Two years ago I founded the Martha’s Vineyard Theater Foundation and led the effort to save and preserve the Vineyard’s unique and iconic historic theatres. Through an intensive Island-wide fundraising effort, we successfully rehabilitated and reopened the Capawock Theatre and the Strand Theatre in 2015. During those early days, when all of us who were involved with the Martha’s Vineyard Theater Foundation decided to try and save the theatres, we knew that it was critical that our goals were realistic and achievable, and we had to make the practical financial decision to focus on only one of the Oak Bluffs theatres.

We chose the Strand because less work was needed to re-open it. It was painful to leave out the Island Theatre, but we didn’t see a way to raise the large sum required. Anyone who has gone to an event at either the Capawock or the Strand over the last two years knows how wonderful it is to have these facilities back supporting and giving joy to the Island community.

The Hall family leased the Strand and Capawock theatres to the Martha’s Vineyard Theater Foundation with long term agreements, and after the Martha’s Vineyard Theater Foundation raised the money and rehabilitated the theatres, we partnered with the MV Film Society to operate them. Today, the MV Film Society, under the able leadership of Richard Paradise, runs both of these beautiful buildings as well as the Film Society’s own Film Center in Vineyard Haven. As both of our organizations are non-profits, continued community support is critical to keeping these theaters open.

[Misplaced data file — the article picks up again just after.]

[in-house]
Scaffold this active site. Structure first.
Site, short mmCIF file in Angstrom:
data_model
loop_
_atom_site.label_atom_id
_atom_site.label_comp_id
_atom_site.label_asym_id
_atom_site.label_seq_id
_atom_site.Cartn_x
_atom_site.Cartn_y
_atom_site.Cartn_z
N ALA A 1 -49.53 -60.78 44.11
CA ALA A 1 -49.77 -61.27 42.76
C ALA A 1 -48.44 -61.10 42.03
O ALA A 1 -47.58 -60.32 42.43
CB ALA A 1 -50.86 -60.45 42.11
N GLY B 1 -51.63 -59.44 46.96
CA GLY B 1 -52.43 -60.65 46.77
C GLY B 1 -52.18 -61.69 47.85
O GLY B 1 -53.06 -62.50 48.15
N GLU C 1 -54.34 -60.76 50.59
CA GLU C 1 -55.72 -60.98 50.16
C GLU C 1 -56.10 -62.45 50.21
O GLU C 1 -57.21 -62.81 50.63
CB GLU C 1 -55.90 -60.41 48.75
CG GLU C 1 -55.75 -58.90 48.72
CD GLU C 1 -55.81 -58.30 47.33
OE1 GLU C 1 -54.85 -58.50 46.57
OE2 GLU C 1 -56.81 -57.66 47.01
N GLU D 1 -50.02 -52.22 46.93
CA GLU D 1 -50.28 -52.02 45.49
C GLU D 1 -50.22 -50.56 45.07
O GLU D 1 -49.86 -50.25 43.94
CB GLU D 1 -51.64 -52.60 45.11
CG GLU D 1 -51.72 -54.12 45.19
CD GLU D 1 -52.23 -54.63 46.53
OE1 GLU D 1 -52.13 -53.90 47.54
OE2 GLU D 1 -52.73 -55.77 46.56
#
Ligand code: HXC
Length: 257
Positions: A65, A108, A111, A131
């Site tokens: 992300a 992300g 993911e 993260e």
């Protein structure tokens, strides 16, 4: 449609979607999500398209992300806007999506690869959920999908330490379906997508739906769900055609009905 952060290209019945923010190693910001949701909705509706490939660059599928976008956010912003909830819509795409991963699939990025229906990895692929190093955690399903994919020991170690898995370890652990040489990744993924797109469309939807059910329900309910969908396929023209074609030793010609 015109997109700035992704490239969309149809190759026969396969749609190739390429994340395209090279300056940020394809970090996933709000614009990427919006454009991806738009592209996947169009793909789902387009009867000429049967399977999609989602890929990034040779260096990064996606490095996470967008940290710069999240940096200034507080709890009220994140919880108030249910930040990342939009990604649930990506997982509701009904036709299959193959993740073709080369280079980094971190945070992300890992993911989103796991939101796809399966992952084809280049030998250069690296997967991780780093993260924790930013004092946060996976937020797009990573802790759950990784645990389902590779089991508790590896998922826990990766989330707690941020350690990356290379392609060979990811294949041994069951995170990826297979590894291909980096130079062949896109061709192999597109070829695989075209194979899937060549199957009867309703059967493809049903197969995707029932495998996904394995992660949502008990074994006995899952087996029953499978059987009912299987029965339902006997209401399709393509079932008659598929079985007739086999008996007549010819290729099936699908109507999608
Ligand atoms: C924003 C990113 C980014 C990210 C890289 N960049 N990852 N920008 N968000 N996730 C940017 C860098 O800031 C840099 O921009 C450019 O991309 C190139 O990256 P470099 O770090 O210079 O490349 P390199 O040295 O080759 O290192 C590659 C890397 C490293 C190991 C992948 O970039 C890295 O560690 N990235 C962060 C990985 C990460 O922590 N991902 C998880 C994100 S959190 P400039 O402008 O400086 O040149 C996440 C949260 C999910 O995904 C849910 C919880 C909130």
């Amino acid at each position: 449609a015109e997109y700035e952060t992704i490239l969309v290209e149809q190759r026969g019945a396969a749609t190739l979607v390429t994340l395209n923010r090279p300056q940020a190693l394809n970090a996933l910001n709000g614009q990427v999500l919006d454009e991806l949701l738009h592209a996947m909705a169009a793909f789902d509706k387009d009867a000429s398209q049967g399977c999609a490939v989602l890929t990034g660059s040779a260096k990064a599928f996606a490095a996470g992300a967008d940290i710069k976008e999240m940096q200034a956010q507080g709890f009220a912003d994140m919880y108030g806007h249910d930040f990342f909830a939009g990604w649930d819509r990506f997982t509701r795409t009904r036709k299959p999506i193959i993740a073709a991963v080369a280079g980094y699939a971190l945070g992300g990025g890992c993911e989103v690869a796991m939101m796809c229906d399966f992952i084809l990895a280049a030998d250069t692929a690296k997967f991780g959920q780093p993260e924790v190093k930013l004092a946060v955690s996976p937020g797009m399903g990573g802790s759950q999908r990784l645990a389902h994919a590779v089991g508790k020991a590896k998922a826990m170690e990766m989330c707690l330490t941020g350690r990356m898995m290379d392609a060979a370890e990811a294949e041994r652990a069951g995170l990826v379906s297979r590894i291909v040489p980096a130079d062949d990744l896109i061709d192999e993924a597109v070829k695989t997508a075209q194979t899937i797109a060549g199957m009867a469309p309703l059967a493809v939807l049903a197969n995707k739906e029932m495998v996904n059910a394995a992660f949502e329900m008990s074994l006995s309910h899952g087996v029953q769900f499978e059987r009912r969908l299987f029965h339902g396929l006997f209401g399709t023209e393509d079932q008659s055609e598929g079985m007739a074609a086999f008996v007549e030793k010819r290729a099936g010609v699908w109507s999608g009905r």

Over the last two years, approximately 25,000 patrons have gone to the theatres each season. Patrons at the theatres have been an economic boost to Vineyard Haven and Oak Bluffs, shopping and dining before or after a show – the Capawock is open April to January, and the Strand from May to October.

I rarely think back to disbelief about whether we could save the Strand and the Capawock theaters. Instead, I think of all the happy visitors that have loved going to the movies and live performances over the last two years now that they are reopened and the economic benefits to the communities they serve.

In my opinion, the Strand and Capawock theatres showcase what is possible when everyone rallies around a clear, shared goal. Focusing on the Island Theatre’s past problems will not help it survive. I believe there is a potential future for the Island Theatre that honors its iconic history and so many of our memories while also becoming a viable operating business that may not be a movie theater in the traditional sense. But it will need leadership, creative thought and the support of the community.

Mark Snider is the president and founder of the Martha’s Vineyard Theater Foundation.